Arkansas Supreme Court Rules Against Jacksonville Police Department for Trying to Include Employee Wages in FOIA Fee and Complaining About FOIA Request Being "Too Burdensome"


A woman named Partne Daugherty has been fighting the Jacksonville Police Department in Arkansas since 2010 over a speeding ticket she says she didn't deserve. She says after getting the ticket and investigating where the police officer said he was using his radar gun, she determined it was impossible he could've registered her on it (and she maintains she wasn't speeding). The Jacksonville Police Department complained her requests (for days' worth of audio and video data) were too broad and too burdensome, wanted to charge $2,500 to fulfill the request, and destroyed records she requested.

Yesterday, the Supreme Court ruled that while a government agency may require more specificity to a FOIA request, it cannot cite burden as a reason not to fulfill it. Further, the court ruled employee wages could not be included in the fee assessed to someone making a FOIA request. Both set new case law where none existed before for FOIA in Arkansas.  

However, the court also ruled Daughtery had not proven the police department had negligently violated FOIA law by destroying records, which the court said she needed to "regardless of how improvident the Department's retention policy may be." The Police Department purges audio and video records every 45 days due, it says, to storage capacity limitations.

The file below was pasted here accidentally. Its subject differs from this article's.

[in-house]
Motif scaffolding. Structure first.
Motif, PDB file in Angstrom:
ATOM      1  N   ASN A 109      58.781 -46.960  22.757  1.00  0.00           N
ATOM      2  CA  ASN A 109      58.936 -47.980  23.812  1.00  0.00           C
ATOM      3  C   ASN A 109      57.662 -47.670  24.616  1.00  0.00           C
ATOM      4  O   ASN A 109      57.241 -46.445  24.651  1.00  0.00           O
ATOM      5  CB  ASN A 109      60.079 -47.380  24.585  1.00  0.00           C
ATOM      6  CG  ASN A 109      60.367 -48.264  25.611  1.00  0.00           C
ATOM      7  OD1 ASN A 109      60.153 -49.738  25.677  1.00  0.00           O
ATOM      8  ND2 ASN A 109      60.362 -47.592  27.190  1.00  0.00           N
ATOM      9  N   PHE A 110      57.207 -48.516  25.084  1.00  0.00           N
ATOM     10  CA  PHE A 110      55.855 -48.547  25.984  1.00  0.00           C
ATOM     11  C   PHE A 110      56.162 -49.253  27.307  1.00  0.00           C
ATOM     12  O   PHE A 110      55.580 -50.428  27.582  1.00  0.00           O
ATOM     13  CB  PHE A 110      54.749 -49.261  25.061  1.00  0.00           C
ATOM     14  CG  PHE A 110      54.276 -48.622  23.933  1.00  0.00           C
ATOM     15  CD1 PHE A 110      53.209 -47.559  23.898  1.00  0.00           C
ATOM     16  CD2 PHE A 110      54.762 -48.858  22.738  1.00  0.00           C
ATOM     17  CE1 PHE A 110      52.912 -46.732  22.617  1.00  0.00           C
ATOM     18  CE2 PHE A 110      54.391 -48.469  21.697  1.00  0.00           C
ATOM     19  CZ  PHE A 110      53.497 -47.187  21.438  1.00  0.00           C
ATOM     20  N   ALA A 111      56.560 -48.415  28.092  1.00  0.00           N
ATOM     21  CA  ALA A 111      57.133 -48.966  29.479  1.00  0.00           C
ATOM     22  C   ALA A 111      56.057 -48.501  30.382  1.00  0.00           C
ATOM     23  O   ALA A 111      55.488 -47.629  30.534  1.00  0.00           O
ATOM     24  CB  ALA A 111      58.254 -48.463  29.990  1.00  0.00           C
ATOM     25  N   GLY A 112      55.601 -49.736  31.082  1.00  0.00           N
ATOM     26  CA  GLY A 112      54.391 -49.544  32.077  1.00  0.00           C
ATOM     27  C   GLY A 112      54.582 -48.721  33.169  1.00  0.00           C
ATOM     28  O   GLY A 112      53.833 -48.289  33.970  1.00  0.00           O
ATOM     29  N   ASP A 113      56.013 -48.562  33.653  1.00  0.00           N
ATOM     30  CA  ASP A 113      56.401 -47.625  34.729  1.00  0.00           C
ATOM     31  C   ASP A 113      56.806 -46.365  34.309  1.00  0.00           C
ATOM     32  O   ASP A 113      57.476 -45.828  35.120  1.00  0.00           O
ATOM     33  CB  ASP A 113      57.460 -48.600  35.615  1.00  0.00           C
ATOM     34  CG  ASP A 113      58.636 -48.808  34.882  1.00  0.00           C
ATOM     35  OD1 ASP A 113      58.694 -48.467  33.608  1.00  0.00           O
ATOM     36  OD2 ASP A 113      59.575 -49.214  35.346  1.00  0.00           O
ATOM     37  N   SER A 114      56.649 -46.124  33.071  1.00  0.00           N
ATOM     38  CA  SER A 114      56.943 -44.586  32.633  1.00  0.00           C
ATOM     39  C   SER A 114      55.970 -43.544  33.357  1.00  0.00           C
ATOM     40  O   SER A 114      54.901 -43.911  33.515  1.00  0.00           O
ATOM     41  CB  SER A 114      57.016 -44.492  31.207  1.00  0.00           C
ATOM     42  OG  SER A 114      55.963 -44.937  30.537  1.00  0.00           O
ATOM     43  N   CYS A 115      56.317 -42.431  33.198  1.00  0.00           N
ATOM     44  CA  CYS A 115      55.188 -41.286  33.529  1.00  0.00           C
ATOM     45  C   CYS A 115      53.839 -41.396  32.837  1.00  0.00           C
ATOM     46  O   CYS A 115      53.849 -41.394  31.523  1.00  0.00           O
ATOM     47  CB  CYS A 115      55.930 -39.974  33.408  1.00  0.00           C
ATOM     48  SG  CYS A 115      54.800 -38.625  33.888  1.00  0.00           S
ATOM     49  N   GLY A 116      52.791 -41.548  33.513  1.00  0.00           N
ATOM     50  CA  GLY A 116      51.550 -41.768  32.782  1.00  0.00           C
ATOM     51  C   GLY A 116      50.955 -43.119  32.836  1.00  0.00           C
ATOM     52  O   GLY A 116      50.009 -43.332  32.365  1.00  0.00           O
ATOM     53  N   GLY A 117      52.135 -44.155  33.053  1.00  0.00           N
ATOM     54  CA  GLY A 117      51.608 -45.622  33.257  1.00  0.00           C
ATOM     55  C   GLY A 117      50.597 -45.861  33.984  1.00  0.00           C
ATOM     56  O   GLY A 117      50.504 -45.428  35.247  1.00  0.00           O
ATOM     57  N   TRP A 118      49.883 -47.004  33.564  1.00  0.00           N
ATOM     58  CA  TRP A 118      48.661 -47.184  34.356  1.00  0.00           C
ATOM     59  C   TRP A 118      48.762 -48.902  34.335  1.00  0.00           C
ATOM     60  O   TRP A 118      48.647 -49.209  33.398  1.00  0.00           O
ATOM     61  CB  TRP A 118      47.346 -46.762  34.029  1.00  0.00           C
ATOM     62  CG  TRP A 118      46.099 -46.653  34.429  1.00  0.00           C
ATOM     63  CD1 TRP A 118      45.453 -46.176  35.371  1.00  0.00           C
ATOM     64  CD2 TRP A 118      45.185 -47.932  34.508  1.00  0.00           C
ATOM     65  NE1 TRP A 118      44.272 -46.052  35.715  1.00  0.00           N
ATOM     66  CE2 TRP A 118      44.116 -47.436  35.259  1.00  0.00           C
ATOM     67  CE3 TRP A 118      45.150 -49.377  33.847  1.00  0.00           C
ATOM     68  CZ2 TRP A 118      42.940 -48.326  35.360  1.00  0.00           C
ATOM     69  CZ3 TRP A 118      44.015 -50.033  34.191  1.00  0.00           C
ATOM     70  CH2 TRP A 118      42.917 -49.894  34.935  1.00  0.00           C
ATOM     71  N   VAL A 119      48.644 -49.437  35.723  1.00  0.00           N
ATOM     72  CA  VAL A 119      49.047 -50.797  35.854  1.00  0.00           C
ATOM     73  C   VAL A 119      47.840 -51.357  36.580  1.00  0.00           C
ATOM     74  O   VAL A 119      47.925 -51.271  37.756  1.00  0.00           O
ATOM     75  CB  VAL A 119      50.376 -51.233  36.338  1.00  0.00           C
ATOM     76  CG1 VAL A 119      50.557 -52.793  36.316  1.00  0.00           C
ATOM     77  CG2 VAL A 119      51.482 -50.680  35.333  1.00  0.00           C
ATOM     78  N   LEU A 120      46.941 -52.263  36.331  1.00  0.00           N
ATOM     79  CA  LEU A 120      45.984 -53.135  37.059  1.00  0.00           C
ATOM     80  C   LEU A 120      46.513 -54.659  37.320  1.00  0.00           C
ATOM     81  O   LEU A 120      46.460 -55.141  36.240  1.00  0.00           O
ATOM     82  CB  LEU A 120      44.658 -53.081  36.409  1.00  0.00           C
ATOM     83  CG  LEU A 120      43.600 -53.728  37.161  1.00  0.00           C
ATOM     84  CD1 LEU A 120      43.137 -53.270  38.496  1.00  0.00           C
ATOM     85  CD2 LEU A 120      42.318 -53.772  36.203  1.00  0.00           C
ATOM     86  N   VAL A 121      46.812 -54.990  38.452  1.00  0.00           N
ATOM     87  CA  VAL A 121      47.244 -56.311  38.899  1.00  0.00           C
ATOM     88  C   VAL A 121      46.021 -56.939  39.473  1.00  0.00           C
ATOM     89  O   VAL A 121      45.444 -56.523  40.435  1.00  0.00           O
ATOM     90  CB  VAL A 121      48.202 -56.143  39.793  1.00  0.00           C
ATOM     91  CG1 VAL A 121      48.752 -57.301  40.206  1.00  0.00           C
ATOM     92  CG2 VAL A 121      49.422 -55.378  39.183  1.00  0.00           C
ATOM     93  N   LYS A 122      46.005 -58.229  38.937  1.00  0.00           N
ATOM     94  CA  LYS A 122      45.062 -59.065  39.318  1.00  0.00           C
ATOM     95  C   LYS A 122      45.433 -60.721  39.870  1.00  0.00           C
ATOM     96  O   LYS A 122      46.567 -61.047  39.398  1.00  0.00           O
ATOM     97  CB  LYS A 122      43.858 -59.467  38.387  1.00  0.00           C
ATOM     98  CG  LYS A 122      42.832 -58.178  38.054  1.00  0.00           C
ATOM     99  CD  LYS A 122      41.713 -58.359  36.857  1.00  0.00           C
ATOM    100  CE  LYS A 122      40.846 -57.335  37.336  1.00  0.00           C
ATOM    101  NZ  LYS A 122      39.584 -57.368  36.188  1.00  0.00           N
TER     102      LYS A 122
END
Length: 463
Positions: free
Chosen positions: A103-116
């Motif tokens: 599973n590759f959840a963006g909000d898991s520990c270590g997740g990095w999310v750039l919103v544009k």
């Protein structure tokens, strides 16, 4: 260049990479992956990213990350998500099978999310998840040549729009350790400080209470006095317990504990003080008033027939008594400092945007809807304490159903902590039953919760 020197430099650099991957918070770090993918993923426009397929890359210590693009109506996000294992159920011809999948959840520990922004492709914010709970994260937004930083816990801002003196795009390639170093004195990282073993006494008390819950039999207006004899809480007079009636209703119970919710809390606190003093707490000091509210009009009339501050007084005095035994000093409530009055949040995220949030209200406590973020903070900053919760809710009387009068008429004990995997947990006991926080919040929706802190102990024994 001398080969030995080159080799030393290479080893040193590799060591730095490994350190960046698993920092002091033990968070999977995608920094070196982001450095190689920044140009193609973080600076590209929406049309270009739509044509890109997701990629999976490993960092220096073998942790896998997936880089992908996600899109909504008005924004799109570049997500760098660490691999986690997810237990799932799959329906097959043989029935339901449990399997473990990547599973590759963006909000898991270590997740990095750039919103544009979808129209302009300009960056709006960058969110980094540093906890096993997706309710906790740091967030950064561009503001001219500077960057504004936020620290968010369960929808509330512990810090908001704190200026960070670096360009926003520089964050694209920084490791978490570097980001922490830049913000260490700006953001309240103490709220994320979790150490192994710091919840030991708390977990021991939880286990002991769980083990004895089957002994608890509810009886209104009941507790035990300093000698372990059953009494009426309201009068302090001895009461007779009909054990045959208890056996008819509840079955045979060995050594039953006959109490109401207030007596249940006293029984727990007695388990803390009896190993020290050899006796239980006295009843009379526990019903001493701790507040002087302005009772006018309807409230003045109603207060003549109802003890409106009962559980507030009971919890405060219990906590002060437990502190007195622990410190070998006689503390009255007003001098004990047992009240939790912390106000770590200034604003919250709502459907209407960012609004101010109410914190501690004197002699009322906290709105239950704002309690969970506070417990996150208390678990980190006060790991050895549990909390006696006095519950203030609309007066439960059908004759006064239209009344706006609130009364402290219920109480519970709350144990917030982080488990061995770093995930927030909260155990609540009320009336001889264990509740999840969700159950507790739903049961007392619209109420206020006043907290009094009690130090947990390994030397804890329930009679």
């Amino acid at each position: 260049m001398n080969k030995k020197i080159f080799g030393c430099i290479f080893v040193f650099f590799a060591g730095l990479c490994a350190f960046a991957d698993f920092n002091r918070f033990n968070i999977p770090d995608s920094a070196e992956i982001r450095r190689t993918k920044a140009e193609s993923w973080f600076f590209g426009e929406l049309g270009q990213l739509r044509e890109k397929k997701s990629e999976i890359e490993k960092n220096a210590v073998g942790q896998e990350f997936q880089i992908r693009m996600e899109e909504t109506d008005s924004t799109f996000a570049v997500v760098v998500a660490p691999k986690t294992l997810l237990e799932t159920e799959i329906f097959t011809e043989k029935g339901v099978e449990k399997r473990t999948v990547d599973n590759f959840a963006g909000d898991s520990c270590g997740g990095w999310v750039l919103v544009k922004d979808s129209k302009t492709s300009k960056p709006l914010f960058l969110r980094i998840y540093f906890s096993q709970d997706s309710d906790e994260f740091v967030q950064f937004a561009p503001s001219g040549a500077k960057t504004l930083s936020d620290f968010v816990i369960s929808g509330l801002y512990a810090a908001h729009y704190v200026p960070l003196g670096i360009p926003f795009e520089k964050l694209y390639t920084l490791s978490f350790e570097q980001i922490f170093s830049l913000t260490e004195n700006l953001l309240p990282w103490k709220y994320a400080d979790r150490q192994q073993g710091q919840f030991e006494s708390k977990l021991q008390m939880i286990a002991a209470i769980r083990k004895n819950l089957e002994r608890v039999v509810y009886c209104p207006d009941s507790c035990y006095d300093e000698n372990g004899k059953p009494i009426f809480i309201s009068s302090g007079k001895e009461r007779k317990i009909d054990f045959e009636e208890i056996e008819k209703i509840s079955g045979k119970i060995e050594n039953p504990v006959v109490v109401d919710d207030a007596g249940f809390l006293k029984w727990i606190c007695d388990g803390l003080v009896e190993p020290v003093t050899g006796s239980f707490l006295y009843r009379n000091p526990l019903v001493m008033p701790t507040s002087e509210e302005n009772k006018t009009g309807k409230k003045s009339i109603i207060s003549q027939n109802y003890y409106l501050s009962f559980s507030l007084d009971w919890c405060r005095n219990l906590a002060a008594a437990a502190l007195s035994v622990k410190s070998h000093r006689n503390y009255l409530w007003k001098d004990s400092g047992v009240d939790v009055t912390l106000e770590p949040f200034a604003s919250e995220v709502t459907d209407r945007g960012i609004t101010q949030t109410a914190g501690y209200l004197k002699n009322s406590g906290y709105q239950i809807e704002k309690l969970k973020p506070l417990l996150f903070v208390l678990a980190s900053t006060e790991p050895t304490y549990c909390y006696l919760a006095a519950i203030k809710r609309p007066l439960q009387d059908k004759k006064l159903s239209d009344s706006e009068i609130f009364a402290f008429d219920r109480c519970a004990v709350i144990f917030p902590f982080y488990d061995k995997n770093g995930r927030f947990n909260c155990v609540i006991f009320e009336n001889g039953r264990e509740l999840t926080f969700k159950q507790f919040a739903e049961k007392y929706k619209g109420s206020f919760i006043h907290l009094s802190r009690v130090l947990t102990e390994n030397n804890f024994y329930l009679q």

The Arkansas Times'  Arkansas Blog provides some interesting background on Daugherty, who represented herself in front of the Supreme Court:

Her knowledge of the FOI, police recordkeeping practice and computer techniques produced the video of Little Rock police actions in the arrest of Surgeon General Joe Thompson at his home. Those tapes showed police had misrepresented his behavior the night he was arrested at his home for initially refusing to comply with an officer's demand that he identify himself. Thompson cited the evidence compiled by Daugherty when he commented on an agreement that resulted in a decision to drop charges against him…

Several in the criminal justice system… [have] complained since Daugherty emerged as a critical player in the Joe Thompson case that she deserved scrutiny for a criminal charge in her past and a lengthy appeal (when she was known by a different name) in which she attempted unsuccessfully to have records of that case sealed…

She's also leased billboards to display sometimes enigmatic messages. For example, one by the Gander Mountain store said:

"When the justices are away, the opinion rats will play."

…Partne, several have noted, is "entrap" spelled backwards.

Especially in light of attempts by police from North Carolina to Philadelphia to try to intimidate civilians who attempt to bring accountability and transparency to law enforcement, we need more Daughertys, no matter the name they go by.